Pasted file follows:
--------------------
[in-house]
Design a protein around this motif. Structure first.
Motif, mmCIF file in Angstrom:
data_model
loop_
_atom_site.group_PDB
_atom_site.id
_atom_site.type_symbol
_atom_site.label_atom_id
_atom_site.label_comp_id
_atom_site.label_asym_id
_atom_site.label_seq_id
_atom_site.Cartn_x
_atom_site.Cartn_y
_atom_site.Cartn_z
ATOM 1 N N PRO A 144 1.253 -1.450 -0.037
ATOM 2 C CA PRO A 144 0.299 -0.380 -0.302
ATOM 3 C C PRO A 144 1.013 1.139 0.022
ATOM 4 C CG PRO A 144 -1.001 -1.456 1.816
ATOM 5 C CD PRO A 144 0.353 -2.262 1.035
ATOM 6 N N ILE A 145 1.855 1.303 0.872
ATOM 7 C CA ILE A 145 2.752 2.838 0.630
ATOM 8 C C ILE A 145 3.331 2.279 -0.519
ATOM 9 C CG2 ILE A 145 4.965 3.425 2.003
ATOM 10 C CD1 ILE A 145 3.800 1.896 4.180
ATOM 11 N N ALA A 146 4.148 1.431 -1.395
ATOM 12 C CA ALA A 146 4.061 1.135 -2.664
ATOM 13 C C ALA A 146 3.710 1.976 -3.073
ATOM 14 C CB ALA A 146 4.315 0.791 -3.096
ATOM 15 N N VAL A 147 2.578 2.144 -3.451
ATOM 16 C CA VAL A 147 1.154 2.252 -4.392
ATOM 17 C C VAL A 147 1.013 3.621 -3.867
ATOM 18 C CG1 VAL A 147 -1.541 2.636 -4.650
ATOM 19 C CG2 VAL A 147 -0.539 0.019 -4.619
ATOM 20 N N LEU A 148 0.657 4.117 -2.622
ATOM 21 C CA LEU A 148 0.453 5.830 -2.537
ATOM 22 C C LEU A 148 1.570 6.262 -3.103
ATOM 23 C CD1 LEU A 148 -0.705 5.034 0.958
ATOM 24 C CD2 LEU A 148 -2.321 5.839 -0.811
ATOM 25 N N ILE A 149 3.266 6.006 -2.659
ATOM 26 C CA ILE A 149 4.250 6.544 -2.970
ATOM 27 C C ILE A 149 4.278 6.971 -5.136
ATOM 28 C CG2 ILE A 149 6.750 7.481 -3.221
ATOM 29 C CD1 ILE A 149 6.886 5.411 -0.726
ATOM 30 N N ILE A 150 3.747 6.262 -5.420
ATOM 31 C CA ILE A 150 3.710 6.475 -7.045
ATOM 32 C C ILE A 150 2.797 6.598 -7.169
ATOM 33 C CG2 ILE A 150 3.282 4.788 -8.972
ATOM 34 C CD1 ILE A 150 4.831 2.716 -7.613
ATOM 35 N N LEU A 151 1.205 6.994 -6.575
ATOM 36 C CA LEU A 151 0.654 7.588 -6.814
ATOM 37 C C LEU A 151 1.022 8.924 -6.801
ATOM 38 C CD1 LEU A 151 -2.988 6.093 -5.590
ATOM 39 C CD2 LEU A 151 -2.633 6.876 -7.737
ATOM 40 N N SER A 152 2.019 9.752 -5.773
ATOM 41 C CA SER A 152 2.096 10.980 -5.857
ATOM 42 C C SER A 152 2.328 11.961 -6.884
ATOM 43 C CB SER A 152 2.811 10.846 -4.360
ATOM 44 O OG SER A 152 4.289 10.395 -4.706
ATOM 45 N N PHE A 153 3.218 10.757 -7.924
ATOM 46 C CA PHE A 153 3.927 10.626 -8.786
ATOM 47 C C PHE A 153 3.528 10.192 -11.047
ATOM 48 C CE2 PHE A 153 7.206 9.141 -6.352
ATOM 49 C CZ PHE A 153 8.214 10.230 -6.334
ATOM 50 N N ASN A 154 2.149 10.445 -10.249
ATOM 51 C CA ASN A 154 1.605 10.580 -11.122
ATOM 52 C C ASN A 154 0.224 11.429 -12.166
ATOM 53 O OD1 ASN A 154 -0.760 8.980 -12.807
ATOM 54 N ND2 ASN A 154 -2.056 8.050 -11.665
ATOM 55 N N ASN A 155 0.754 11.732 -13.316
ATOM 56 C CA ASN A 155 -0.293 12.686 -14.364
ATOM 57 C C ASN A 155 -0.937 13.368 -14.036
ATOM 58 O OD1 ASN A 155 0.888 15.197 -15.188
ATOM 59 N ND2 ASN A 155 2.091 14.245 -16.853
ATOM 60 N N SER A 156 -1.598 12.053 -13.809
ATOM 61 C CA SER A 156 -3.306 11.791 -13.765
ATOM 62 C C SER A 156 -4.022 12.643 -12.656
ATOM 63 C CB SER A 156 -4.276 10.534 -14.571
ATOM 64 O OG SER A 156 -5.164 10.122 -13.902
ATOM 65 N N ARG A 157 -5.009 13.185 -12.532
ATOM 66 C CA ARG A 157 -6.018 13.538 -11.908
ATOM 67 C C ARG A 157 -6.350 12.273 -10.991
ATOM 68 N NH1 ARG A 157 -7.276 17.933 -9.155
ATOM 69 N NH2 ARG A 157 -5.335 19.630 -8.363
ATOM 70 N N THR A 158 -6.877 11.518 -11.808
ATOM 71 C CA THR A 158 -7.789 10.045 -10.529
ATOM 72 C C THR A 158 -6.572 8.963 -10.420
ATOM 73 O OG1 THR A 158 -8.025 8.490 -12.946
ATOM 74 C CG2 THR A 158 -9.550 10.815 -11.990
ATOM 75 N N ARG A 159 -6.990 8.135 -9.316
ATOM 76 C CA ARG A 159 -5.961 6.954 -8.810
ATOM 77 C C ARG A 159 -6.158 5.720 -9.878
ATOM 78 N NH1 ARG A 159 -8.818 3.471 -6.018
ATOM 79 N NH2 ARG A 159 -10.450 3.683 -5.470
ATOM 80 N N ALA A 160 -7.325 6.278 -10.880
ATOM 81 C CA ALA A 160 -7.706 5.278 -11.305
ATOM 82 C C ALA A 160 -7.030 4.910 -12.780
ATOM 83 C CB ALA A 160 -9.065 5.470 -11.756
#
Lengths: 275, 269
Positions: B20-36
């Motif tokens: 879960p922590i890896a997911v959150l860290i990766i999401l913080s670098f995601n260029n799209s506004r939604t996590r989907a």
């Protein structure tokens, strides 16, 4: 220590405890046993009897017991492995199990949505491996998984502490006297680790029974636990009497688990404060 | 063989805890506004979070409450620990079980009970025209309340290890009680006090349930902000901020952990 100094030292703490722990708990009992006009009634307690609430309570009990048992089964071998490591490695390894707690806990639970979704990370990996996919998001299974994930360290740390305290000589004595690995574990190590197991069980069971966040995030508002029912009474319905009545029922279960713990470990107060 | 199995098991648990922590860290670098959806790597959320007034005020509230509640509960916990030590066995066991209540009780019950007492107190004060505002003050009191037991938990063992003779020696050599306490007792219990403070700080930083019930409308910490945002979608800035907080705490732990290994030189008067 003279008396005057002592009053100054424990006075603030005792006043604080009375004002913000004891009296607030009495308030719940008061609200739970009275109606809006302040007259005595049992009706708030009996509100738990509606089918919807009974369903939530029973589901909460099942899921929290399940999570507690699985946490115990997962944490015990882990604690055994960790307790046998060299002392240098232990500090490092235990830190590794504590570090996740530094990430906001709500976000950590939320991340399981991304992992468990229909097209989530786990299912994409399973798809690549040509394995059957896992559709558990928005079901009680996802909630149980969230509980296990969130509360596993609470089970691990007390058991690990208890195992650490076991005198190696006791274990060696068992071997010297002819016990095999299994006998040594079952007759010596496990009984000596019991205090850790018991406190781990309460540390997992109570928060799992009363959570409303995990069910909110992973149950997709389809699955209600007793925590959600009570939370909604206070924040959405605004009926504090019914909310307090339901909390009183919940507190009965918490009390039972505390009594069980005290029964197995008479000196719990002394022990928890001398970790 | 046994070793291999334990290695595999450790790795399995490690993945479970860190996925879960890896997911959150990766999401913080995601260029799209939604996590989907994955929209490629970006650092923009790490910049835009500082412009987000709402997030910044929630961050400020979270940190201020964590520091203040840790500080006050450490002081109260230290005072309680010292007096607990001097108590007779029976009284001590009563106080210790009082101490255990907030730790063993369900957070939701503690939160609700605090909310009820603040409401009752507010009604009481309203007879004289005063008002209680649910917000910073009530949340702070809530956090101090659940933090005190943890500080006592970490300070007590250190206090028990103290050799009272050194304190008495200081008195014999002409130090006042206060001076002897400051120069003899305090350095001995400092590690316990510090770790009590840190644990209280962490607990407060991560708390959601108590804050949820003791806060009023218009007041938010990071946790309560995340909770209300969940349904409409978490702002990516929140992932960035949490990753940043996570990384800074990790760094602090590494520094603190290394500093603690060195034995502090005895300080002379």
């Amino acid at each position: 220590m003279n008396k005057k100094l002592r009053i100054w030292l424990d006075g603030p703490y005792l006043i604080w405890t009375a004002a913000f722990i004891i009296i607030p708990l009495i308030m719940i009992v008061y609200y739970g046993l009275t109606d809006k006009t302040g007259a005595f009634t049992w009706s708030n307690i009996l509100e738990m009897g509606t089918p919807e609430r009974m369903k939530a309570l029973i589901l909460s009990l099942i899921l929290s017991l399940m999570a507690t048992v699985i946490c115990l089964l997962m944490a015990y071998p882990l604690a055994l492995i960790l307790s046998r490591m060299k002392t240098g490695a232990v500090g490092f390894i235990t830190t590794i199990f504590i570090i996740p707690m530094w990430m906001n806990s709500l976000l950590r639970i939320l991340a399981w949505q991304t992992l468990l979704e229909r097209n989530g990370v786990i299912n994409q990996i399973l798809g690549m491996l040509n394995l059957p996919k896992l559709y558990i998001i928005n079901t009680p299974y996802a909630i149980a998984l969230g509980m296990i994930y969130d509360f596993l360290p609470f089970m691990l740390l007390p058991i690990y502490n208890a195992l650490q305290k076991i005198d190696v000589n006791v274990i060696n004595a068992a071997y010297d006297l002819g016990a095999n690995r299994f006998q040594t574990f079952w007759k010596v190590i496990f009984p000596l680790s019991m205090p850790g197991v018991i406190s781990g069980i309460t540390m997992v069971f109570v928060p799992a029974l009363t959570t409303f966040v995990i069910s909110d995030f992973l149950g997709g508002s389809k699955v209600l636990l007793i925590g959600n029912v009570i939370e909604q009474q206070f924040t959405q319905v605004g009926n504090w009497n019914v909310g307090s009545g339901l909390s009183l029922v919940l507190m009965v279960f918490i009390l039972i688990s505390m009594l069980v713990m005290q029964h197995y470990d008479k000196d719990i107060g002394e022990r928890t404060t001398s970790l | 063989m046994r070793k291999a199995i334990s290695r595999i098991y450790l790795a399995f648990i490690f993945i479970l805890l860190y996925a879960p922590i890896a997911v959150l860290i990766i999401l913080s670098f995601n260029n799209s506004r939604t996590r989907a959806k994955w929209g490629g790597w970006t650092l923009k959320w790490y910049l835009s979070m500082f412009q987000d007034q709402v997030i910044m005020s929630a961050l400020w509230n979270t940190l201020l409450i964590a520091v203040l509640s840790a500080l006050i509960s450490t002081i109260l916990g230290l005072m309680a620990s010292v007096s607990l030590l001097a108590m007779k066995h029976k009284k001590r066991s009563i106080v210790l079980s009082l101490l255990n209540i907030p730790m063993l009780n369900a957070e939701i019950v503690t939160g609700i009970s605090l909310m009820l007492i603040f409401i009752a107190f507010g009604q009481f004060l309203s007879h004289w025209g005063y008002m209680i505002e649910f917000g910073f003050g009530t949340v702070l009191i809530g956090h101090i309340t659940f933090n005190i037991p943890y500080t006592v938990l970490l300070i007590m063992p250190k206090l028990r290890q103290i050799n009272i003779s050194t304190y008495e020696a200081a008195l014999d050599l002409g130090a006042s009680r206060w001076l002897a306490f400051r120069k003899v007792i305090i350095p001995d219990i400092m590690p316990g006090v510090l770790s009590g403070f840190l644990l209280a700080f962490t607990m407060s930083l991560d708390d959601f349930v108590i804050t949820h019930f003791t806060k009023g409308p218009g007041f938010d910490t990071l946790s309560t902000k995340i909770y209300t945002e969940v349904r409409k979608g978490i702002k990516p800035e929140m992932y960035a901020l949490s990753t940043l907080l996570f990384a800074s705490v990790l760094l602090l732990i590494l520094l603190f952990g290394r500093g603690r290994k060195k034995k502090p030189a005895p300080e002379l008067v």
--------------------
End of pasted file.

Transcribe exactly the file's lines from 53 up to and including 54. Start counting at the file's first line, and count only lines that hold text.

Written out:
ATOM 38 C CD1 LEU A 151 -2.988 6.093 -5.590
ATOM 39 C CD2 LEU A 151 -2.633 6.876 -7.737